This of course is just one example, and a bad case in prospect. The pity of this collusion between subjectivity and Plutonic compulsion is that it becomes impossible to forge the authentic self in the context of such mindlessness. And while we have focused here on the sole example of the Saturn – Pluto conjunction, the same principle operates in the presence of any contact between these planets, since as we know: all aspects are squares!

Furthermore, the two great invisibles have this effect on any planet that is contacted by Pluto. With Venus it is the need to be approved of that becomes invisible. With the Sun, the need to be admired. Coming to awareness of these hidden anxieties is painful and difficult. Some people will go to great lengths to avoid waking up to them. In such short term blissful ignorance lies long-term tragedy. Imagine living a whole life having done no work! And yet that is what the majority of us do, in order to preserve our dearest and most cherished compulsions.

More soon.

Hadean Times: the Rise and Fall of Rolf.

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The rise and rise of Rolf Harris was always somehow improbable, and though his fall has only just begun, it makes an excellent study of how easy it is to fall into the trap of misplaced self-belief. Many of my generation are reeling somewhat from the news that Rolf Harris, whose cheerful, positive and uplifting manner is somehow keyed into the DNA of our childhoods, has turned out to be a fake. And it’s not so much that he was just a fake, because fakery is commonplace, but rather that his deception was so singularly spectacular.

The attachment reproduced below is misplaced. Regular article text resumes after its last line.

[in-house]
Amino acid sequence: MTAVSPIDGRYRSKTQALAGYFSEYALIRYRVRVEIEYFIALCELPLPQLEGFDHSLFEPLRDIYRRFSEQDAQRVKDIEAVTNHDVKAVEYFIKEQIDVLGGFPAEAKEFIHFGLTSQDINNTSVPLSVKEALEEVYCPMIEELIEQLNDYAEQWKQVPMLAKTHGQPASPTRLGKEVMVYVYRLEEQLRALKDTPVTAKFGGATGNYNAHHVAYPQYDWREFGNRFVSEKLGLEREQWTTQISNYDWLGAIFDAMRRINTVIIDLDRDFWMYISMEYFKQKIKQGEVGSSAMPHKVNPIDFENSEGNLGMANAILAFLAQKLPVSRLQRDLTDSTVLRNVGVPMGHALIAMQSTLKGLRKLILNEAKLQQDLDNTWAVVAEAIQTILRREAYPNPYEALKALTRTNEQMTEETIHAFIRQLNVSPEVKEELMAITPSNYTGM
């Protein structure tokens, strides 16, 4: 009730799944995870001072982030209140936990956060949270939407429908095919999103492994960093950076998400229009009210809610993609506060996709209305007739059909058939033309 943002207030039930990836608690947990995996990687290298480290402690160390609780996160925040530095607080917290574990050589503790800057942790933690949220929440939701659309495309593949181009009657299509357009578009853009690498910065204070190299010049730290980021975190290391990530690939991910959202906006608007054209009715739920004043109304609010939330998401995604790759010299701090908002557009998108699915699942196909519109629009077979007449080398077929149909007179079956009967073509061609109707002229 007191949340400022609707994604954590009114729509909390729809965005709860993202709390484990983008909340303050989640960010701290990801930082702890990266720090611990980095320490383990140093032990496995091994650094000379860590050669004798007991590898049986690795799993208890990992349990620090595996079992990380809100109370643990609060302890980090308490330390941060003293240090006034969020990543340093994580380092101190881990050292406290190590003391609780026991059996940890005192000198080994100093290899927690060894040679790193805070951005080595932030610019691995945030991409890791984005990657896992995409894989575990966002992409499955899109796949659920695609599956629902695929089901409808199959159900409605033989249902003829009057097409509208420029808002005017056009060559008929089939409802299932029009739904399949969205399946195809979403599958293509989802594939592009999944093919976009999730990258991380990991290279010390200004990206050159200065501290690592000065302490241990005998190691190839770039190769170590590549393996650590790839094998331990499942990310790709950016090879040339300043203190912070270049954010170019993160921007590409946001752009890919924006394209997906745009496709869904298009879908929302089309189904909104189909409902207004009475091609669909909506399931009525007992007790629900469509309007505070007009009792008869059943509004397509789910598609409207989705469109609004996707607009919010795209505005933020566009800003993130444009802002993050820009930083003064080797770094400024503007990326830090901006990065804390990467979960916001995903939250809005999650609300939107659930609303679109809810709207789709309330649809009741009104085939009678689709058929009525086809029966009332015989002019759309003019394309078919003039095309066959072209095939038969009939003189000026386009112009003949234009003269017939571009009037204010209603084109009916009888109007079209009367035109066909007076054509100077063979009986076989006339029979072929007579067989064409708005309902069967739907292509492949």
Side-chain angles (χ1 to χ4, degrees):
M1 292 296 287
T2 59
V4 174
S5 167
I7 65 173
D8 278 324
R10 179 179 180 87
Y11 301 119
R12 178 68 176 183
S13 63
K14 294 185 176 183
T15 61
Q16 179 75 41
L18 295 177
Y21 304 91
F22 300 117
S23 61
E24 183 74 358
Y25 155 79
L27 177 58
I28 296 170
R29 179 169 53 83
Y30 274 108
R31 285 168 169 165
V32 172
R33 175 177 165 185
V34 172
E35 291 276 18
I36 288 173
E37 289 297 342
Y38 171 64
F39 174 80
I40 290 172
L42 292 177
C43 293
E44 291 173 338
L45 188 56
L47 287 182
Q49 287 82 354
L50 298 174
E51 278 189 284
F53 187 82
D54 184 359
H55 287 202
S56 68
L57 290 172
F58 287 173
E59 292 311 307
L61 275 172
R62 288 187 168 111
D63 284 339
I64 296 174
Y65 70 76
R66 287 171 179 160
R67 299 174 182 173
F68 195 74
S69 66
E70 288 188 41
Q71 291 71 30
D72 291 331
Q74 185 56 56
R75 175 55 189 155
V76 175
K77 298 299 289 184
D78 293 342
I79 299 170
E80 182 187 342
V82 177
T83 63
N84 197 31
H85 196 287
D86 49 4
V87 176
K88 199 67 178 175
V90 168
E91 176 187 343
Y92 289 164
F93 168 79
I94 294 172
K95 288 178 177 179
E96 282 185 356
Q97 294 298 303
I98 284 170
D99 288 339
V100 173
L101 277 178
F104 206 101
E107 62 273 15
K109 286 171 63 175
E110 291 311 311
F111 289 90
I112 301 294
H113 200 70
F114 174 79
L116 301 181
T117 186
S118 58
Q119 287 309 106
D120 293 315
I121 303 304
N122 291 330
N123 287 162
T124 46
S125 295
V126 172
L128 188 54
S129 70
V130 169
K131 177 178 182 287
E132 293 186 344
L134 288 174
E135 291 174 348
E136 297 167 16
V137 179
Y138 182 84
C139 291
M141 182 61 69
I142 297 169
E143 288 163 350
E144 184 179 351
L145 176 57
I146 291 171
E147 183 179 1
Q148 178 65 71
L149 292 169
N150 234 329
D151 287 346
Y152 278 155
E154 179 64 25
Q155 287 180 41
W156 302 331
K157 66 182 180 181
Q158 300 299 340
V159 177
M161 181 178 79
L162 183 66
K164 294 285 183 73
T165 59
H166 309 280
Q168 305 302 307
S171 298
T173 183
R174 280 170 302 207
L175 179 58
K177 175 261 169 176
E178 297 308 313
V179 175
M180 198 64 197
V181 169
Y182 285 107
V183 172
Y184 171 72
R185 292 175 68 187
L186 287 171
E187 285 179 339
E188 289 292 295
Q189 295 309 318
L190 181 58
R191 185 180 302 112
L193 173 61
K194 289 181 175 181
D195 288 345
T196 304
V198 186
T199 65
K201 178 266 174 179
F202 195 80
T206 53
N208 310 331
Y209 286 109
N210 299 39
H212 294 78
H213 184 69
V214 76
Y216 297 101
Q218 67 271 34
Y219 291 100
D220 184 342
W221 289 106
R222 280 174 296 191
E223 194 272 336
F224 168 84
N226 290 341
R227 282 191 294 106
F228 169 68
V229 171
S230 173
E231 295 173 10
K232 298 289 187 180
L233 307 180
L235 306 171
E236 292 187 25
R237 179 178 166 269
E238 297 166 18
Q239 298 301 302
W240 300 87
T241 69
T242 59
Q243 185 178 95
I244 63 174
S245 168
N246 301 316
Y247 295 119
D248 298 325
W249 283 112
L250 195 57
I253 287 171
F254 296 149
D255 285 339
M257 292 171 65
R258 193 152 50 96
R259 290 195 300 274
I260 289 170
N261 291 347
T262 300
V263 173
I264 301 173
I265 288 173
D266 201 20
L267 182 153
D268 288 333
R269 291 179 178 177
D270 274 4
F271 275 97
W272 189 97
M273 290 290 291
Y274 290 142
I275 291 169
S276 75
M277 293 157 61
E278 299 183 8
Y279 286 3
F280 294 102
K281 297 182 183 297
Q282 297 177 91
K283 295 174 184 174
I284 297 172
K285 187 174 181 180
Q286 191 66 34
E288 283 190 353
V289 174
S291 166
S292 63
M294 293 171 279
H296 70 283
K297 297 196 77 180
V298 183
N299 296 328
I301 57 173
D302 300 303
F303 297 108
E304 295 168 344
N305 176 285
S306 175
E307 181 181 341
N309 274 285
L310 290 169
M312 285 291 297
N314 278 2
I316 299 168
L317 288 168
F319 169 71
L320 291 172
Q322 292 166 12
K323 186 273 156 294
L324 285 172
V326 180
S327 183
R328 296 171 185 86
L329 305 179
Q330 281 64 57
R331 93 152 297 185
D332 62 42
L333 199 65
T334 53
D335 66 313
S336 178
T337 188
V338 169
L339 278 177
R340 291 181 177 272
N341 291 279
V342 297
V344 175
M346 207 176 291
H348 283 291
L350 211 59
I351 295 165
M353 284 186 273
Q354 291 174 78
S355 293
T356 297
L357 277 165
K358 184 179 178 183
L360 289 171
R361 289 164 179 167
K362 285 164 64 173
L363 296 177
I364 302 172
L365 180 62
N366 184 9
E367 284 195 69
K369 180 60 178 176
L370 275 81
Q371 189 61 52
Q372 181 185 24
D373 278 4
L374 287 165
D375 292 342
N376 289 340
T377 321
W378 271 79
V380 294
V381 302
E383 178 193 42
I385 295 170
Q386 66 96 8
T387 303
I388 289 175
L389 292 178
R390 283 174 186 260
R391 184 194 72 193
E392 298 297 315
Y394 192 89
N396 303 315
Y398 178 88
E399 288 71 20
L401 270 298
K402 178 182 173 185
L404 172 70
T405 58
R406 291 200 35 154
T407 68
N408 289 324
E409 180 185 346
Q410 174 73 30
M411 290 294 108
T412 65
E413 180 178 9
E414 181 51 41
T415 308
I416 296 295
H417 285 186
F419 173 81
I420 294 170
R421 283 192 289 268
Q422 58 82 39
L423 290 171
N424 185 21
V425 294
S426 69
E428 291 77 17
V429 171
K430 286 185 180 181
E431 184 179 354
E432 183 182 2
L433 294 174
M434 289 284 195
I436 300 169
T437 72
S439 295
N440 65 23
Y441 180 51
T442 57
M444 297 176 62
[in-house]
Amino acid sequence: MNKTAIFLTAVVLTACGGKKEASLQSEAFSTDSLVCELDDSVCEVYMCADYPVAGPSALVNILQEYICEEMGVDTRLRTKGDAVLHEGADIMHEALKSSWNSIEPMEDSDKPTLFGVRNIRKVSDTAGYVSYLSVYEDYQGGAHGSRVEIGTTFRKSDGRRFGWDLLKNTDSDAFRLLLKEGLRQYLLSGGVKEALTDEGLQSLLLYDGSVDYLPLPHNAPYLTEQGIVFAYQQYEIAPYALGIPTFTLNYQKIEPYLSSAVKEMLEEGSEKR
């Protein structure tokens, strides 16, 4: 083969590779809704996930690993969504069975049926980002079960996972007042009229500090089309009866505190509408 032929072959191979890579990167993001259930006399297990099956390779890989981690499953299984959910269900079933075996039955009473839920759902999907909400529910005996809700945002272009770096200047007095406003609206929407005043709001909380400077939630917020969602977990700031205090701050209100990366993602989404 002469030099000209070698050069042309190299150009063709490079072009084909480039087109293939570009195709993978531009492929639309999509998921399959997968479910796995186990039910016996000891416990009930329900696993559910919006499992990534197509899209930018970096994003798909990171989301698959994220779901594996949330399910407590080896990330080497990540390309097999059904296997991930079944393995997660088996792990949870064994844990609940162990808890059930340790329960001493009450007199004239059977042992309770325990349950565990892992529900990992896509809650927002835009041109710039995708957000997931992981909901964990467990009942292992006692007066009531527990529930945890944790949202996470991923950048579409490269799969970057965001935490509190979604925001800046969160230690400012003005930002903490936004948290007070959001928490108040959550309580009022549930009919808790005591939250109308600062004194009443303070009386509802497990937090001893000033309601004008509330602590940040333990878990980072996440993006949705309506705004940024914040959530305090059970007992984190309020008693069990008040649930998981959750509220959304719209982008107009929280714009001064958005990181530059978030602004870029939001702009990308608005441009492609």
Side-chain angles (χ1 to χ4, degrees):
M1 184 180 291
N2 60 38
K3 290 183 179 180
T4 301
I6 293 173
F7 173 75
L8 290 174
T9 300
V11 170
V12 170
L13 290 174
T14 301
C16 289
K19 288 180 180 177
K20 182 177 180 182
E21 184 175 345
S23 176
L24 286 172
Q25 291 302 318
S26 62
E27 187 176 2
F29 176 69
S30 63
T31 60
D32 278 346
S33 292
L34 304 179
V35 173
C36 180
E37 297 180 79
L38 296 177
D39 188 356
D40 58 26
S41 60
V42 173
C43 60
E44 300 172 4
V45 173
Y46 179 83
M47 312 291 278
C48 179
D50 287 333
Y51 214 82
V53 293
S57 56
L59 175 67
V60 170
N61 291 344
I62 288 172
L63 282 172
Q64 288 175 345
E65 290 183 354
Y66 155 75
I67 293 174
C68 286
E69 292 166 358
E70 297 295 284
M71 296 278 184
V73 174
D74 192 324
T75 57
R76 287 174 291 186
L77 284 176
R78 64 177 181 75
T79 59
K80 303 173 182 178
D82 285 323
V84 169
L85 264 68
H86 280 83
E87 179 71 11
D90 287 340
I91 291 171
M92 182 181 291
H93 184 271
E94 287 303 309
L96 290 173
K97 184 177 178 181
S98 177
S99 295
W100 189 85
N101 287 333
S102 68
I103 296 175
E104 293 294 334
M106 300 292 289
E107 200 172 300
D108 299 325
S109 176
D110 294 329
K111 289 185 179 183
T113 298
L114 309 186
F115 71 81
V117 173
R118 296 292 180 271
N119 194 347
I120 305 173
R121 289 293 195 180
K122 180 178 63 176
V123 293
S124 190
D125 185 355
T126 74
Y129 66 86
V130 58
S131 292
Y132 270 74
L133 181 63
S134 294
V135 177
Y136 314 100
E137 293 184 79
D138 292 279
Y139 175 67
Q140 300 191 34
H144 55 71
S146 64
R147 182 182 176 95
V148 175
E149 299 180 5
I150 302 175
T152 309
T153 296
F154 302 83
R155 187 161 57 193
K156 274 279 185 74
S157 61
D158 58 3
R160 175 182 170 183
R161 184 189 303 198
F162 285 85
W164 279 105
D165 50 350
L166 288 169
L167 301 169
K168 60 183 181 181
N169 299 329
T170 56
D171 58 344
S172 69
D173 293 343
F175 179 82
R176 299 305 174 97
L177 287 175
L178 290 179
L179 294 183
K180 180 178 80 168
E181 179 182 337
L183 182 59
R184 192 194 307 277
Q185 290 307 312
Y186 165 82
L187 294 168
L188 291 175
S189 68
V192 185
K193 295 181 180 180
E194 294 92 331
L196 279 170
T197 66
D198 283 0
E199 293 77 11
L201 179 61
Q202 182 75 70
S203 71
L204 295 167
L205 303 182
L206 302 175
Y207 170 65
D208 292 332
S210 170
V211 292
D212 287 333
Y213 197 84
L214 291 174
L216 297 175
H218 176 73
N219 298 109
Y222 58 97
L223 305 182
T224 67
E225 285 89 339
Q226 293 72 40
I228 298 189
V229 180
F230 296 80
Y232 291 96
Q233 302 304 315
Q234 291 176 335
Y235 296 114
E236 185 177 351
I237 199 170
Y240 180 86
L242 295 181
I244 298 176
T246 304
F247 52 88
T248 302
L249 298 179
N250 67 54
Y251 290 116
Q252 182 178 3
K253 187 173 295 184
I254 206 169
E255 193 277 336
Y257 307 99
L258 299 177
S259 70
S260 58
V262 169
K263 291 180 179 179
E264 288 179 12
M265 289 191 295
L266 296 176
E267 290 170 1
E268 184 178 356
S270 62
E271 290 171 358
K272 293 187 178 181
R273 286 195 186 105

One of the key lessons of a life of astrological study though has to be that our astrology only has negative power if we give ourselves away. This is as true for Rolf as it is for anyone else. While there is an element of fate in everyone’s nativity, that fate is predicated upon free will. That is to say, that it is the choices we make of our own free will that set the specific shade of karmic machinery in motion and lead us into difficulty, or into eventual emancipation. We choose to do right and despite the difficulties of our fate, we are eventually exonerated by life. We decide we can ‘get away’ with something, and we might for the rest of our days, but eventually, in this life or the next, we need to pay our dues.

So Rolf’s astrology hasn’t put him in prison, it was Rolf’s choices that did that. Having made the style of choice he did however, we can read the astrology and find the message in it, as clear as can be. And sure, innocent people get sent to prison too, and we can understand that as well, because we all get to pay our dues: in this life or the next…

Rolf

Rolf Harris is a poster child for that Martian/Uranian blend that is so perfectly encapsulated in his Sun/Uranus conjunction. It’s fascinating to note that as a child, Rolf was a champion swimmer, being the junior backstroke champion (no mean feat in Australia incidentally). This Mars is surprisingly strong in the water, here in Pisces, and he is accidentally further dignified in the 1st, but ruled by a very difficult Neptune, detrimented in Virgo, weakened by retrogradation, and peregrine. This suggests that he was secretly very disappointed by his choice of marriage partner, and with Neptune opposing Eros 433, there was no sexual attraction. But Neptune also opposes Atropos 273, so it did not begin this way, but the attraction faded to be replaced by a critical, almost intellectual dissatisfaction. So a strong (very strong) Mars, giving a strong libido, squaring Jupiter – a real bed-hopper in the style of Zeus himself, ruled by a difficult Neptune that magnifies the idealism of the marital bedroom gone awry, gives a very difficult construct to carry on with.